I've seen some other reviewers describe it as coming as somewhat "tumblr-y", and I do agree with that to an extent. The novel is supposed to focus on teen pregnancy, but with a trans girl, demisexual boy, and "gray-ace" best friend, there is so much focus put on acceptance of different sexualities. I agree that there were a few bits here and there that felt forced, but overall I liked reading a story that had such a focus on accepting others and their identities.

What I think I liked most about this one was how pure the family relationships and female friendships were. I absolutely loved Sara's supportive family and best friend, Devi. There were so many sweet moments towards the end that almost won me over to a four star read on this one.

I'm kind of surprised I had so much to say on this one, but I liked it overall and would definitely check out more from this author in the future! It's not the most polished book I've ever read, but it approached the subject of teen pregnancy in an incredibly frank and honest way, so if that's something you're interested in reading about, I think this book is worth reading.
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This gave me cutesy Juno vibes. I think I subconsciously expected it to have a bit more heart and humor (like Juno) but it was defiant a fun quick read.
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This book started out great, but I felt like it took a little bit of a turn and then lost momentum about halfway through. I ended up skimming a fair bit of it.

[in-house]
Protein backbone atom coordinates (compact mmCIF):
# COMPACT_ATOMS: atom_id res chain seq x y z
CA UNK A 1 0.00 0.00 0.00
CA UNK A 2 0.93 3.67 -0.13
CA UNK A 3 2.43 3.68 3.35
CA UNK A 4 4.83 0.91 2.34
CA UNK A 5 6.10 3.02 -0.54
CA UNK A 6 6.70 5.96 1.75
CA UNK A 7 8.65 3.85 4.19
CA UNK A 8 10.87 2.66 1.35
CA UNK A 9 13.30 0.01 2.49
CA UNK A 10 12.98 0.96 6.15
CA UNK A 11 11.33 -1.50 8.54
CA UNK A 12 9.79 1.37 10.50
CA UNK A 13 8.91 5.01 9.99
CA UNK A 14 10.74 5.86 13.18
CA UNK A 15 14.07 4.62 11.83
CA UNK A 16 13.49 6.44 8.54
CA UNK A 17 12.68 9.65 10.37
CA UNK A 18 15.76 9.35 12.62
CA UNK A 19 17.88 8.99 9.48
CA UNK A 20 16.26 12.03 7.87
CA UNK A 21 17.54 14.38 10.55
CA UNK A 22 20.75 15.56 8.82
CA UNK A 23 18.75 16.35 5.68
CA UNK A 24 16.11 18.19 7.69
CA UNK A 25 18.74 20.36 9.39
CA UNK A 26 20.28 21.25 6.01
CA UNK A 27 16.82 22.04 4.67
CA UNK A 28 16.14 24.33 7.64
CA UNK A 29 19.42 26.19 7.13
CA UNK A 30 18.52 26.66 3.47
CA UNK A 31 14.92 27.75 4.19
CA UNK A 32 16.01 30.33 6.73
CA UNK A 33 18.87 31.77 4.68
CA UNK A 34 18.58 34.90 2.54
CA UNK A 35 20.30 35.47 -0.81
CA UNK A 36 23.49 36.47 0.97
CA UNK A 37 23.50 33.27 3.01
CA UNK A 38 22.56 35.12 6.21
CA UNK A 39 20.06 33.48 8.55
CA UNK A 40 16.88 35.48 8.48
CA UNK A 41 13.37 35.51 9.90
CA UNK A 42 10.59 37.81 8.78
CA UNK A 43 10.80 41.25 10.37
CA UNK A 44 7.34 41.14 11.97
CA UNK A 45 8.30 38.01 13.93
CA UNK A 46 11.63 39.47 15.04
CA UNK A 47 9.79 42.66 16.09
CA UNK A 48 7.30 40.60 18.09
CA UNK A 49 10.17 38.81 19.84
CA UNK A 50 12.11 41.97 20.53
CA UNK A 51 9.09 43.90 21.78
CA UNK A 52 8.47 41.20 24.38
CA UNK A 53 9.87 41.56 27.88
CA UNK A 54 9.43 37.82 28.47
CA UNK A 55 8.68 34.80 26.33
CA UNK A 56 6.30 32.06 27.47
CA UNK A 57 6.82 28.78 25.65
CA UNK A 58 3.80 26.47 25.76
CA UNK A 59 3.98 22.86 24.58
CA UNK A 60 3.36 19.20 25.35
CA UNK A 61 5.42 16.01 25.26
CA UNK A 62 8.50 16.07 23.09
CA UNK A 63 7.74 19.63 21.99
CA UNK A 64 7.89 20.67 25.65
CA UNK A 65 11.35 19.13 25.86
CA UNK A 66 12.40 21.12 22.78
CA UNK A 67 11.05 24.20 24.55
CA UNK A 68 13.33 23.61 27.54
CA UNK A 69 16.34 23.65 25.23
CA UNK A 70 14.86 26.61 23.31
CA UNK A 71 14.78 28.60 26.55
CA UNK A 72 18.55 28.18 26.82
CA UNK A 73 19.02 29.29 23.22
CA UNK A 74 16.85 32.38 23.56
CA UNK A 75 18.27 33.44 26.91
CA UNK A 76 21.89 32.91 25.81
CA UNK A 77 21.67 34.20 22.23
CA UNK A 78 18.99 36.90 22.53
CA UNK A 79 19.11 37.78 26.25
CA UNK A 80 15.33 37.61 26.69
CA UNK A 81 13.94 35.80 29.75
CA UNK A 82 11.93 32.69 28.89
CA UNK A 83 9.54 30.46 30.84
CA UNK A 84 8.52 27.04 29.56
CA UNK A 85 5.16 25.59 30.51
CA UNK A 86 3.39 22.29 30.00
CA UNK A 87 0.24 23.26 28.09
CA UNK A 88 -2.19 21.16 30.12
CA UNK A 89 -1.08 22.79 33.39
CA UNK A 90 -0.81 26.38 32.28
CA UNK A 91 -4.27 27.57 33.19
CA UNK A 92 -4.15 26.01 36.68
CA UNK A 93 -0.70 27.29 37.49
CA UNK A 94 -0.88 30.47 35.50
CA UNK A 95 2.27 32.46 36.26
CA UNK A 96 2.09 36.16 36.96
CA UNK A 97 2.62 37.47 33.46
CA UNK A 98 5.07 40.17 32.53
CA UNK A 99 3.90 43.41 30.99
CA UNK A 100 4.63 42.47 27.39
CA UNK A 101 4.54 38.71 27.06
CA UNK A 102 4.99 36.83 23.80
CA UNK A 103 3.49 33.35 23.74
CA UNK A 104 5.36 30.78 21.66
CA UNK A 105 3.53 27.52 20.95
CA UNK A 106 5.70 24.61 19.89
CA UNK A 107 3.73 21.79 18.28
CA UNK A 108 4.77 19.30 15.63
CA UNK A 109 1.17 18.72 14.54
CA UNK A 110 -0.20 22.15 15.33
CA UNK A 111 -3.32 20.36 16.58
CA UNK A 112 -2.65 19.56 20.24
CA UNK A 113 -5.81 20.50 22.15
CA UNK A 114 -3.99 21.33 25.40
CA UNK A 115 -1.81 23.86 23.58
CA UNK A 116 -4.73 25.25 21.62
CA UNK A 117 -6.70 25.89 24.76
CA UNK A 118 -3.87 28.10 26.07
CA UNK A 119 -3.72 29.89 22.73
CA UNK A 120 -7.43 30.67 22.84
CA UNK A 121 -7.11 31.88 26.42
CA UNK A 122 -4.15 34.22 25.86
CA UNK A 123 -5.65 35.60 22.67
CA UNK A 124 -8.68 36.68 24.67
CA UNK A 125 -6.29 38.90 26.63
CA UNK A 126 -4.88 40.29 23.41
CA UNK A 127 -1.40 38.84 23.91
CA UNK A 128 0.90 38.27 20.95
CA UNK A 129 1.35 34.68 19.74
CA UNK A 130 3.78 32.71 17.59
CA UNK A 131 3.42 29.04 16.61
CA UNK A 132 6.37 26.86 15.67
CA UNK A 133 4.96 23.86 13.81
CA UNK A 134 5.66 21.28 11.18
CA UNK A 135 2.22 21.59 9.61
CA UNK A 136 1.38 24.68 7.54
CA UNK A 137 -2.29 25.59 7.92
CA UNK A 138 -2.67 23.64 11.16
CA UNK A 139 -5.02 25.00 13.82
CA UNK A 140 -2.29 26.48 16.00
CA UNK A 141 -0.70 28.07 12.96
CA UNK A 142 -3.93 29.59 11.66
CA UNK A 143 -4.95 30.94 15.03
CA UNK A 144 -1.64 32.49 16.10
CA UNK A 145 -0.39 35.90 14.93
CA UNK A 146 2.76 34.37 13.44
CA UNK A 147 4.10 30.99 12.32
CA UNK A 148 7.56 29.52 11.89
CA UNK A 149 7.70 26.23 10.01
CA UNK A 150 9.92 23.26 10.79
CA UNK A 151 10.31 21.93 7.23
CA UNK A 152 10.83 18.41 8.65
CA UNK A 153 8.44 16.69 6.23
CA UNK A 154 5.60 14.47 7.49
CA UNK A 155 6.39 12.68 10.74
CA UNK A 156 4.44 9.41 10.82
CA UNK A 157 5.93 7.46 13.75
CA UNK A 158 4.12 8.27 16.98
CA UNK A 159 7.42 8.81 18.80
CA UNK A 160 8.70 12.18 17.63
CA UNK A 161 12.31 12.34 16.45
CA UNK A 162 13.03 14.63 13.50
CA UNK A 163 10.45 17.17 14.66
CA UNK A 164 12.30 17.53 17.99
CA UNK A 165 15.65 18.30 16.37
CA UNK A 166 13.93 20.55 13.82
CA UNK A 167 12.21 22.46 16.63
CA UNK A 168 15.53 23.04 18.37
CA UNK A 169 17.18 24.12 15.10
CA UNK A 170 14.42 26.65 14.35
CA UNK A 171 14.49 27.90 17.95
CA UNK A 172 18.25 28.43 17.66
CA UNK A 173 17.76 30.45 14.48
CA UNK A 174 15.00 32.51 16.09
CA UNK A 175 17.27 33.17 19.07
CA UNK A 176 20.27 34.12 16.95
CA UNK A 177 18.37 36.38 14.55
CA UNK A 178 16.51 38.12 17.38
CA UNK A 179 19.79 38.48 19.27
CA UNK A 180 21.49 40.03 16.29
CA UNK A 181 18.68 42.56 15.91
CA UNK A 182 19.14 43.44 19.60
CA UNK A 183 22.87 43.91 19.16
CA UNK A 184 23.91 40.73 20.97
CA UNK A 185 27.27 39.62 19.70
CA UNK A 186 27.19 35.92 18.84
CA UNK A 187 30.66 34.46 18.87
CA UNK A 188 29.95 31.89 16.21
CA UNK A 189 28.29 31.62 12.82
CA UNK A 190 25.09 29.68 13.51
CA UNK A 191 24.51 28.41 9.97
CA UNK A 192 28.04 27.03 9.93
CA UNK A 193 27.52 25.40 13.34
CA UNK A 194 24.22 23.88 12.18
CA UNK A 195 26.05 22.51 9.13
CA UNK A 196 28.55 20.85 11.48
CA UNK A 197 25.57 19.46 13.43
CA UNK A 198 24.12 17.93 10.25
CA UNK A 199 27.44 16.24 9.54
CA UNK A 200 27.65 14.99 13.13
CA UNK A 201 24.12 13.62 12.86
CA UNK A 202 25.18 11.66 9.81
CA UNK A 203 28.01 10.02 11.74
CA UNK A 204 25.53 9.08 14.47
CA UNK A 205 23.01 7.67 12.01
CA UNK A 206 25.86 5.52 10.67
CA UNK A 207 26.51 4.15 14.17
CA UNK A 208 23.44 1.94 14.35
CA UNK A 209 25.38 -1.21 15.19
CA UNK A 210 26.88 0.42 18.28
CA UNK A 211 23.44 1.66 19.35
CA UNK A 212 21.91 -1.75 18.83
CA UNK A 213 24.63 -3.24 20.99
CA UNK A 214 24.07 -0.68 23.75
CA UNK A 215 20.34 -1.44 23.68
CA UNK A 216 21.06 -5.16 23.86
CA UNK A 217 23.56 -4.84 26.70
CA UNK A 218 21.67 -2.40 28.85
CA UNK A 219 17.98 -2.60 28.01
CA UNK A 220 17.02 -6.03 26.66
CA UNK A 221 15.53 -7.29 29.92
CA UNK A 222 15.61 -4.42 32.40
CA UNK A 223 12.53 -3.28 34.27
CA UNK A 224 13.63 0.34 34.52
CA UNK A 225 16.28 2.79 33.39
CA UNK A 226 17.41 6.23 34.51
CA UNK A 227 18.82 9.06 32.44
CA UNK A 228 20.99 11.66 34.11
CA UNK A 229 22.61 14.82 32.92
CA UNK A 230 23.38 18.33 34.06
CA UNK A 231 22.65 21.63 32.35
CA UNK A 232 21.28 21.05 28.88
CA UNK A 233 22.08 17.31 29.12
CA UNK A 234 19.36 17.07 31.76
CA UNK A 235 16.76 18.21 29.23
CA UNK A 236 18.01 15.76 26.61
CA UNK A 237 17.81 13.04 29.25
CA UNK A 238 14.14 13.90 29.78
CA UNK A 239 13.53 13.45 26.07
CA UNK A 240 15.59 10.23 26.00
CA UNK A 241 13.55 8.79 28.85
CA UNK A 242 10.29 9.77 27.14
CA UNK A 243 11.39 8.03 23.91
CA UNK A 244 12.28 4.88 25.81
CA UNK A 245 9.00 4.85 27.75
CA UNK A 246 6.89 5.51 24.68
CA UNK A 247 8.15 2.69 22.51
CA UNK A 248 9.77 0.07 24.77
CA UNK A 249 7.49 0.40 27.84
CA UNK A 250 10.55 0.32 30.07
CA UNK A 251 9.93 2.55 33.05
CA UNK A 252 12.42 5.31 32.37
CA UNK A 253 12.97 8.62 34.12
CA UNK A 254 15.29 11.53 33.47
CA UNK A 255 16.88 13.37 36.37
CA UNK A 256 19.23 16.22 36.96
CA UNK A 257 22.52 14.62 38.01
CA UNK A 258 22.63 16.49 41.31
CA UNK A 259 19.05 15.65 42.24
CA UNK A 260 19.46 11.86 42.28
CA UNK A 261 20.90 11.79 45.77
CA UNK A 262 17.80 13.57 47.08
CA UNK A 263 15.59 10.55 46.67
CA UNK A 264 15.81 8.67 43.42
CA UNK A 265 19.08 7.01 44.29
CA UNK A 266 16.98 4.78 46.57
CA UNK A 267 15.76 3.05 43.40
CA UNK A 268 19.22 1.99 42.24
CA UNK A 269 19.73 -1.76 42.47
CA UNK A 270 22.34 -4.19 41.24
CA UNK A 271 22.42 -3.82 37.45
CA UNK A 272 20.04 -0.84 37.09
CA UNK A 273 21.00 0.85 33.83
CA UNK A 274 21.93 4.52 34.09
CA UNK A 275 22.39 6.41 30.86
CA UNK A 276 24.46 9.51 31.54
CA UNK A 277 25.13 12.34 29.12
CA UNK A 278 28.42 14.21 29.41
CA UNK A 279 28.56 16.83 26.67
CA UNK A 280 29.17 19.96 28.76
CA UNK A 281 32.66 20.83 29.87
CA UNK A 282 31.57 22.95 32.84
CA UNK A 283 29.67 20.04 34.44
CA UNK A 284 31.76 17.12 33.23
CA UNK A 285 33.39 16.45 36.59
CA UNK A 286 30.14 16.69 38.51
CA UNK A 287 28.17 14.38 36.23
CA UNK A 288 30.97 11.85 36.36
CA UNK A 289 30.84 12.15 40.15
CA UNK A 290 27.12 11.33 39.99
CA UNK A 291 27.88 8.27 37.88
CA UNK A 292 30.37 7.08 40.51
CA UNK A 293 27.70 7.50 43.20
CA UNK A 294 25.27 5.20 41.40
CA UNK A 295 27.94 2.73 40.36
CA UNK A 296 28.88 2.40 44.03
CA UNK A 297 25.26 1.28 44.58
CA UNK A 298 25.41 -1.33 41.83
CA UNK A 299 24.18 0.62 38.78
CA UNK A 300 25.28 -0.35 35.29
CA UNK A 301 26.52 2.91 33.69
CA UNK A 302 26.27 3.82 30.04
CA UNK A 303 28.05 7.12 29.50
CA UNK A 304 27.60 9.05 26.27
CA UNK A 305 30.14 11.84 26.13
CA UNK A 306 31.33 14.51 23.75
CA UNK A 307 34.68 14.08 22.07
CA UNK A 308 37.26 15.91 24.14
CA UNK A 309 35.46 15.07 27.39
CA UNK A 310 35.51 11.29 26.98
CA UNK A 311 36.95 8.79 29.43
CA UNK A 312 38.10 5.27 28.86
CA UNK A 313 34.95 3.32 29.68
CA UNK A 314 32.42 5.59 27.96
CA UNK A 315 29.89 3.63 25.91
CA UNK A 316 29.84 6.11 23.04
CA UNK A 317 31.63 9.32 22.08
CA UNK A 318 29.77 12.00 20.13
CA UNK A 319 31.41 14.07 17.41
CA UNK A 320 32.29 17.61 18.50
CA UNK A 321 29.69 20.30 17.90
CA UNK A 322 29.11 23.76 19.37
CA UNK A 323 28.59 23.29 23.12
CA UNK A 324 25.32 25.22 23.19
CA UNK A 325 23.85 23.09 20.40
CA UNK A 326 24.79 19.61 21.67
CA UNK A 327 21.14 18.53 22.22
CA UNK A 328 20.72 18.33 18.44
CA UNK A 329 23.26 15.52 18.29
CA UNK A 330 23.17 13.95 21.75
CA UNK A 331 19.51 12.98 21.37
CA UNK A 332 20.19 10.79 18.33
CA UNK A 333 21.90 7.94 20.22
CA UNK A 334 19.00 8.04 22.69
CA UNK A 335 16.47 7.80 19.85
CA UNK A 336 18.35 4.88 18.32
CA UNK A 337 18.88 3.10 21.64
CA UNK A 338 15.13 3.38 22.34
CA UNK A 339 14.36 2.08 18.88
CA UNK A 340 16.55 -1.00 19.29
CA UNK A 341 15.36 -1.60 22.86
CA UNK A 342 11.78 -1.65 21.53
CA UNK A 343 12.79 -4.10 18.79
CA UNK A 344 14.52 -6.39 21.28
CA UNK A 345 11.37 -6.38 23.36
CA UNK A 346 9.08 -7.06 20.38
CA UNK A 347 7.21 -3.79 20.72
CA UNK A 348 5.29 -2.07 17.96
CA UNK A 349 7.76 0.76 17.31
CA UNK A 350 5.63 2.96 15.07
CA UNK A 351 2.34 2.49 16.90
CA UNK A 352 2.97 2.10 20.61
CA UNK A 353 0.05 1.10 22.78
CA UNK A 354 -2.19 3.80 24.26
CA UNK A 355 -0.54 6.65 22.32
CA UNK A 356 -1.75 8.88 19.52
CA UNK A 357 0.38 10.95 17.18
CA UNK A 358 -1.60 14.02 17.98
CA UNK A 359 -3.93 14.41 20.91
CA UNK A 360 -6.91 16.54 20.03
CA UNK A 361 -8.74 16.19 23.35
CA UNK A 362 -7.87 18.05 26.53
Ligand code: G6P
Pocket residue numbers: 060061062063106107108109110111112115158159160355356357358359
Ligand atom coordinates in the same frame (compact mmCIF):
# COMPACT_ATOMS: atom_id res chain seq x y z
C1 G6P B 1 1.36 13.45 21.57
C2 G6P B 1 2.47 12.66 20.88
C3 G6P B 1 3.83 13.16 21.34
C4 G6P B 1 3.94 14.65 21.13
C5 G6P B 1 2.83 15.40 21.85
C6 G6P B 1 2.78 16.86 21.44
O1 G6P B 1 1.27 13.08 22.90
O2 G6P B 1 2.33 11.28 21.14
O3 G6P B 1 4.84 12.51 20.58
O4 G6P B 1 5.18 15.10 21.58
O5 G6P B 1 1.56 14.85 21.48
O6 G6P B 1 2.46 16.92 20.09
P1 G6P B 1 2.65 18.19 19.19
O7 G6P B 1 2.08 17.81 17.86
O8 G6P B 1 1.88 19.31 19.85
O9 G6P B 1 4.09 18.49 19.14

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This one is hard for me to rate. I read it in one day, so there's that. But did I actually *like* it? No, not really. It kind of had a "Juno"-ish feel to it at the beginning. But throughout the book I almost felt like I was being scolded or lectured by a 17 year old about political correctness. And about food. Now, I'm married to a Polynesian, so I know, I KNOW how important food can be. But seriously, it got old. And I have no problem with her talking about sexuality or gender, but it almost felt forced. Kind of like when you read a Christian novel that sticks in preachy messages at random times and it throws off the flow of the book... That's how this felt. I don't know. I mean, I don't NOT recommend the book because I'm sure a lot of people would like it. Maybe I'm too old for teen/YA fiction, because most of it is annoying to me. Maybe it's because I'm a mom of teens and that amount of teen angst and drama in my life is enough? Who knows. I did appreciate how supportive Sara's family and friends were- we need more of those types of families and friends in this world. And where do you find a Leaf?? He was awesome.

Thanks to Netgalley and the publishers for the opportunity to read this ARC.
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Teen pregnancy. But Belly Up is not just about an accidental teen pregnancy but much more. Its journey through the pregnancy is very accurate, though somewhat idealistic, especially with Sara's family.  But the book delves into many identities that most teens aren't aware of, such as Romini (Gypsy, please don't use that term), Redneck, Swedish, Jewish,  Lesbian,  Transgender,  and Bisexual. 

Sara/Serendipity is a 17-year-old high school senior bound for Ivy League.  Until she gets accidentally pregnant,  both her and her partner's fault. Facing her consequences is something teens need. Despite her relatively idyllic family,  best friend, and boyfriend,  Sara has problems. This book explains them well.